"The only drawback is the noise from the gyro, which spins at a high rate. As far as I know the Kenyon, which we supply, is the only commercially produced gyro."


Filters, such as diffusion or colour-effect filters, are also widely used to enhance mood or create dramatic effects. Most photographic filters are made up of two sheets of optical glass glued together with some form of image or light manipulation material between the glass.

In the case of colour filters, there is often a translucent colour medium pressed between the two pieces of optical glass. Colour filters work by preventing certain colour wavelengths of light from reaching the film.

With colour film, this works very intuitively. For example, a blue filter will cut down on the passage of red, orange and yellow light, and create a blue tint on the film.

In black and white photography, colour filters are used somewhat counter - intuitively: a yellow filter, which cuts down on blue wavelengths of light, can be used to darken a daytime sky. It does this by preventing blue light from hitting the film, thus greatly underexposing the mostly blue sky, but leaving most human flesh tones unaffected.

Filters can be used in front or behind the lens for different effects.

"We are the agent for Tiffen and Schneider filters," says Minster. "It's amazing that we didn't sell a filter for two years, but suddenly people have realised that it's better to do the colour corrections in camera than in post production. Remember the old saying: 'Let's fix it in post'?. The directors of photography now want to do the correction in camera, so we're selling an increasing number of filters."

Matte boxes

Another popular item is the matte box. In still photography and video, this is a device used on the end of a lens to block the sun or other light sources to prevent glare and lens flare. Essentially, it performs the same function as a lens hood and also mounts in front of the lens, but usually includes adjustable fins called French flags. Another purpose of a matte box is to hold glass or plastic filters in place in front of the lens.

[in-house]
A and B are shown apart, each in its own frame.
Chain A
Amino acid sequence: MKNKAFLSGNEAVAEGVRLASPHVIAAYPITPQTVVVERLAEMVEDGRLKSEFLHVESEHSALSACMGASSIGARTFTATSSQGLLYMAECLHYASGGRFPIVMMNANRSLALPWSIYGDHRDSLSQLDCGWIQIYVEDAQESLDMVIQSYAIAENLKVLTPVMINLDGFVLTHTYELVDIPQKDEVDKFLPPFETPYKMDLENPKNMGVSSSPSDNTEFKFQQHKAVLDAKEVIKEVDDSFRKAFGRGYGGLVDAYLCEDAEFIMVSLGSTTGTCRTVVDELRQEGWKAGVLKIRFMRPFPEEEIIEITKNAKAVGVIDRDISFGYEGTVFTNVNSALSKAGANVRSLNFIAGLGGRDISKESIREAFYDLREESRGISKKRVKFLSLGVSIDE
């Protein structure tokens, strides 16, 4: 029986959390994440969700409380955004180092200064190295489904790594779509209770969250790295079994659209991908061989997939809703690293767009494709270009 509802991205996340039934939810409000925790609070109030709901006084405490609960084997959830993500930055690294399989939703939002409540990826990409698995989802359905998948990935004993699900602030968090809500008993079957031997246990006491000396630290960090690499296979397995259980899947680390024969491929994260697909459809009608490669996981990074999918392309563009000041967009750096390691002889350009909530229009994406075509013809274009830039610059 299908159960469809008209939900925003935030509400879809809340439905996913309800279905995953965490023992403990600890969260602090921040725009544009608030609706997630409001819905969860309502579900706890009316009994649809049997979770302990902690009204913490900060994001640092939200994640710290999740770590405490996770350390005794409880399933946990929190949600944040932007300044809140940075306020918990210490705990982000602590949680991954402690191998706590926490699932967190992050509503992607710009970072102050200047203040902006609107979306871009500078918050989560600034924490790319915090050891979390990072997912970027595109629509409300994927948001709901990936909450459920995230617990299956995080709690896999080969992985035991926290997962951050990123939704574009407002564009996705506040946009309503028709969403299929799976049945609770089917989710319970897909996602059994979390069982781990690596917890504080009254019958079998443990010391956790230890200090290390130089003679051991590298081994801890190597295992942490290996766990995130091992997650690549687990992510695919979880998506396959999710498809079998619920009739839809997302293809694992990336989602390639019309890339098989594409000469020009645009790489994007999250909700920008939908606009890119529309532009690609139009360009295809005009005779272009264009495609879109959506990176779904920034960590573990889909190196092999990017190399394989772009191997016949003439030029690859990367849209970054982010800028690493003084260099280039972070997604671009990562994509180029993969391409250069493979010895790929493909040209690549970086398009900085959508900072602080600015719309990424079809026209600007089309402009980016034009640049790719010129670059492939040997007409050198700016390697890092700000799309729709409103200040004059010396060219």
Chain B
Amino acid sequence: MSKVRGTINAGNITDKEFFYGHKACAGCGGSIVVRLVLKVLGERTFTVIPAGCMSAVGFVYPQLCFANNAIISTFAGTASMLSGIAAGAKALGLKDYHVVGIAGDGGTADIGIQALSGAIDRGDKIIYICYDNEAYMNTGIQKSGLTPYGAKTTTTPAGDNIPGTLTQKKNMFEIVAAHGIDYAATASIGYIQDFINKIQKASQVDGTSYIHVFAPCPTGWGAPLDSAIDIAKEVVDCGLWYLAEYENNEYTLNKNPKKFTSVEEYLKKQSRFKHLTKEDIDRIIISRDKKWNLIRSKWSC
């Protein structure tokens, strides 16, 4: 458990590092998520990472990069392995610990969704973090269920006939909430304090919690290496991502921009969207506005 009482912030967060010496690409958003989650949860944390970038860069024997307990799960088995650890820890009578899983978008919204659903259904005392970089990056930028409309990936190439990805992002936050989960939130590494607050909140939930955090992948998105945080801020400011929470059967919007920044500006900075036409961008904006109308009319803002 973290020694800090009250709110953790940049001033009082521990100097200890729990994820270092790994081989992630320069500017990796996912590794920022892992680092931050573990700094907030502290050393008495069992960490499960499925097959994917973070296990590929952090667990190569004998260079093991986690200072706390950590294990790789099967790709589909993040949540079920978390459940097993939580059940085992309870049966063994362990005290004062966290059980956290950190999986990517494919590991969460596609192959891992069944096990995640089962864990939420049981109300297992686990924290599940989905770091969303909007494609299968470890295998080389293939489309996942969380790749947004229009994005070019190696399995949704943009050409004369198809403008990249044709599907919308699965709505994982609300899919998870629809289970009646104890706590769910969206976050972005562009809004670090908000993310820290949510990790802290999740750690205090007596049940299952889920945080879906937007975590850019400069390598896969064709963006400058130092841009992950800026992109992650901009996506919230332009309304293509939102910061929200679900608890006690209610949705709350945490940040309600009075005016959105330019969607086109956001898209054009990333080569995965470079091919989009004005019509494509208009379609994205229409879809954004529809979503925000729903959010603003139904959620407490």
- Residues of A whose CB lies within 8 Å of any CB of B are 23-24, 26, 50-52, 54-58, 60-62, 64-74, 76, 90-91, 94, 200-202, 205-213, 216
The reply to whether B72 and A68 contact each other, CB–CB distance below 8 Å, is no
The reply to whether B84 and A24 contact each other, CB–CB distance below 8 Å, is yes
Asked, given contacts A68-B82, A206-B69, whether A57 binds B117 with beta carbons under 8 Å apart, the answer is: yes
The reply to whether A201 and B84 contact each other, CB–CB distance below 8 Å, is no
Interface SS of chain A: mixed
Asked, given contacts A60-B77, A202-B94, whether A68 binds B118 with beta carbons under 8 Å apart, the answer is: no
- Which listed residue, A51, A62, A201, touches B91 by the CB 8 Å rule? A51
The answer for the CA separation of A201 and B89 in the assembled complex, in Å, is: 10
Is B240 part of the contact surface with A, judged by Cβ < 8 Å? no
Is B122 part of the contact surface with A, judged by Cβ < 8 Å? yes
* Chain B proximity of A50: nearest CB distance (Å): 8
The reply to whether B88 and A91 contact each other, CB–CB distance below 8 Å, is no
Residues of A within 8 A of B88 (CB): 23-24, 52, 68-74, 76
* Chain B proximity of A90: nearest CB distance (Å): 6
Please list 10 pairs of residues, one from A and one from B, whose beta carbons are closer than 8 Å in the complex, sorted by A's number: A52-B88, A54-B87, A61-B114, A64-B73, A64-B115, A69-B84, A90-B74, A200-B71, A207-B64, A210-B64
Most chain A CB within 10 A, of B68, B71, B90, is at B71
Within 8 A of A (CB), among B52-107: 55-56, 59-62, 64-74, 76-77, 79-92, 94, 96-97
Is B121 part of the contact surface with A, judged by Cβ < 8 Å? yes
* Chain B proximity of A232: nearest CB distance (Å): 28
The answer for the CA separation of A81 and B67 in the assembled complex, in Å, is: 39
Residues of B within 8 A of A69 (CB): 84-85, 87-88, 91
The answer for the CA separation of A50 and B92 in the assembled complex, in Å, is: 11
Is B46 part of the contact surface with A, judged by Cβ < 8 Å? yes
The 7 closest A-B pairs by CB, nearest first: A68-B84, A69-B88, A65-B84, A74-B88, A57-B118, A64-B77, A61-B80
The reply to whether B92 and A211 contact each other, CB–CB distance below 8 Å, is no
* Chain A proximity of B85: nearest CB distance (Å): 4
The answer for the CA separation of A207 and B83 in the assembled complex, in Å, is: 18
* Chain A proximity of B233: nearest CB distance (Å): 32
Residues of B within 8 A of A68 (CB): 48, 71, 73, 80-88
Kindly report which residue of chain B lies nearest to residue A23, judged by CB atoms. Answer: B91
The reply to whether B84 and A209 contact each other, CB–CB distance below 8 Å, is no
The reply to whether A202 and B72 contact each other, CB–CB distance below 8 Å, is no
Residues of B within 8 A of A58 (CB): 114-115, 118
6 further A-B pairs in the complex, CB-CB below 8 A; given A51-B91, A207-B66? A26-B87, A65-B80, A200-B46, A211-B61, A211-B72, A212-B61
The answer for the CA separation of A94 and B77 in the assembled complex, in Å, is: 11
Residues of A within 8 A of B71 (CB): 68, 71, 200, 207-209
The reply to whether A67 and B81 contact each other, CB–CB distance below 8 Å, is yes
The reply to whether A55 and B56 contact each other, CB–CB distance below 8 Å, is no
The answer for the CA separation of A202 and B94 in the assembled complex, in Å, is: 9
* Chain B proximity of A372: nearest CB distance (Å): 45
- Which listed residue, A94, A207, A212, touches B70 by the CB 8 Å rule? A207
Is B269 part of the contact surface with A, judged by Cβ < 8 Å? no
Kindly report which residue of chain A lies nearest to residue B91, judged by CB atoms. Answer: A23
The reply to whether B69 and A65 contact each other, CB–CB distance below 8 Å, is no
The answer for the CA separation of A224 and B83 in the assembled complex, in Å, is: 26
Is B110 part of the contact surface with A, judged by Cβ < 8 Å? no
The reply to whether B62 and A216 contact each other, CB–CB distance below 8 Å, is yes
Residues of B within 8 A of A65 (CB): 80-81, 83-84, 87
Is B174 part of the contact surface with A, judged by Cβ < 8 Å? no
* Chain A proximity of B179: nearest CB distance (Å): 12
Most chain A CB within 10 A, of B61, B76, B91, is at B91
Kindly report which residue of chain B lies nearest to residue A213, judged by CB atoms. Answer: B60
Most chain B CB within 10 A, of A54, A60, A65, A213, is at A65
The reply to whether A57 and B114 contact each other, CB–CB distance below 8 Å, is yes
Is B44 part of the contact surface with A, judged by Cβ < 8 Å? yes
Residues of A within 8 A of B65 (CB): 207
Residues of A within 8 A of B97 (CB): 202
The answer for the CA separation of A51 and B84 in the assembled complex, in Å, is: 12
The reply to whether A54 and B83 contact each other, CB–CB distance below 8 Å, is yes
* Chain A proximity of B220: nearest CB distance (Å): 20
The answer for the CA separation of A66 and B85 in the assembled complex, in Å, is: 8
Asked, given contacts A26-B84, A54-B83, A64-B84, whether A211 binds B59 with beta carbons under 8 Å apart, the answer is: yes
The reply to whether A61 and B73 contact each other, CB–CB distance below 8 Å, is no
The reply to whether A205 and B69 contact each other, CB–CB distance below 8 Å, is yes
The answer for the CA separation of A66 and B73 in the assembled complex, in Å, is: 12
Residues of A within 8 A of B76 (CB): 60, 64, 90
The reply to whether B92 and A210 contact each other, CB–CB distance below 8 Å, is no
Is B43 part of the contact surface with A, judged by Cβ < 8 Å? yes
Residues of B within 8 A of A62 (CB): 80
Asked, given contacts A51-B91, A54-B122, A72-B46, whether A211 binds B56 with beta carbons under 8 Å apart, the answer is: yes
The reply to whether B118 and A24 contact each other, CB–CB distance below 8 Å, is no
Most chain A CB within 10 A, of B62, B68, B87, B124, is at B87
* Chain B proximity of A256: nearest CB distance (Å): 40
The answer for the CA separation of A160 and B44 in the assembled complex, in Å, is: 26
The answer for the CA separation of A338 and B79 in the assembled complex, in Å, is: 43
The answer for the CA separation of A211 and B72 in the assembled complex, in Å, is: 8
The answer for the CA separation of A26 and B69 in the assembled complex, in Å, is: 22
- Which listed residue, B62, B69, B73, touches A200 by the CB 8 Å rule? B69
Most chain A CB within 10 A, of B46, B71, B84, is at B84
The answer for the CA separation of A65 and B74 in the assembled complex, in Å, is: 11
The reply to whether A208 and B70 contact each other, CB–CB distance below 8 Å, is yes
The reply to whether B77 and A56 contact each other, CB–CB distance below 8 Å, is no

Today matte boxes perform the same function for video and high-definition cameras as they do for film cameras. Some are supported by two rods that run the length of the camera - this type is called the "bayonet mount", while others are supported by the lens itself.

A matte box can have a bellows, a rigid sunshade, or both, where the bellows is positioned within the rigid sunshade and has a mask which can be adjusted forward or back to suit the focal length of the lens.

"We are also the agent for True Lens - a British-made product," Minster says. "The range includes the Falcon, Kestrel, Hawk, Raven, Genus and Matte Box support systems and accessories. I wanted this agency as these are truly high-quality items that exceed the specification of a similar offering from the East.

"Over and above this we do unique lens mounts and bracketry for various applications, especially wildlife. Of course the service side is mainly lenses, but we are able to do all film-related and support equipment, and a substantial amount of the video equipment. It's a unique place, its customer base has grown a lot, and it's the only company in Africa that offers this type of service."

The Camera Platform is somewhat of an institution and Minister is definitely a hands-on professional. If you visit there, he'll greet you in his work apron and proudly show you around his immaculate workshops and showrooms.

With the type of dedication and professionalism offered by people of his ilk, the film and television industry remains in good hands.